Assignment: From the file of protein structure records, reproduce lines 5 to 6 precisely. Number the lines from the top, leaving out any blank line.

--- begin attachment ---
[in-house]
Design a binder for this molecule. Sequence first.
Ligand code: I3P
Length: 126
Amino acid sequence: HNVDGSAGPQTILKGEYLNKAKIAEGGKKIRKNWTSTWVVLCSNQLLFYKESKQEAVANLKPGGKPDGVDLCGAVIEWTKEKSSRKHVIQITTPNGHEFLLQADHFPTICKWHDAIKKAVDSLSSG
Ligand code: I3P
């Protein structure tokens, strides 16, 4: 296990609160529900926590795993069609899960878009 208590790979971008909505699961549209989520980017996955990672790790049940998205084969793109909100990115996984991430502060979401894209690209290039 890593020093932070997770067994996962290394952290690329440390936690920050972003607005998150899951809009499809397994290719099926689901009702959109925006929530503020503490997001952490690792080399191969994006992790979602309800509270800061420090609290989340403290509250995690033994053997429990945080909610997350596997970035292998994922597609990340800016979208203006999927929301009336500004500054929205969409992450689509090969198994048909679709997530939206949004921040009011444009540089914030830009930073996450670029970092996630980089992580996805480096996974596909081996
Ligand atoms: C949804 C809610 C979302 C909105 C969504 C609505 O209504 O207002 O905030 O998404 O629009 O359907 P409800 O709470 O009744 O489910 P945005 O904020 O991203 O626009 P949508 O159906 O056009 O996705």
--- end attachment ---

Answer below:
Amino acid sequence: HNVDGSAGPQTILKGEYLNKAKIAEGGKKIRKNWTSTWVVLCSNQLLFYKESKQEAVANLKPGGKPDGVDLCGAVIEWTKEKSSRKHVIQITTPNGHEFLLQADHFPTICKWHDAIKKAVDSLSSG
Ligand code: I3P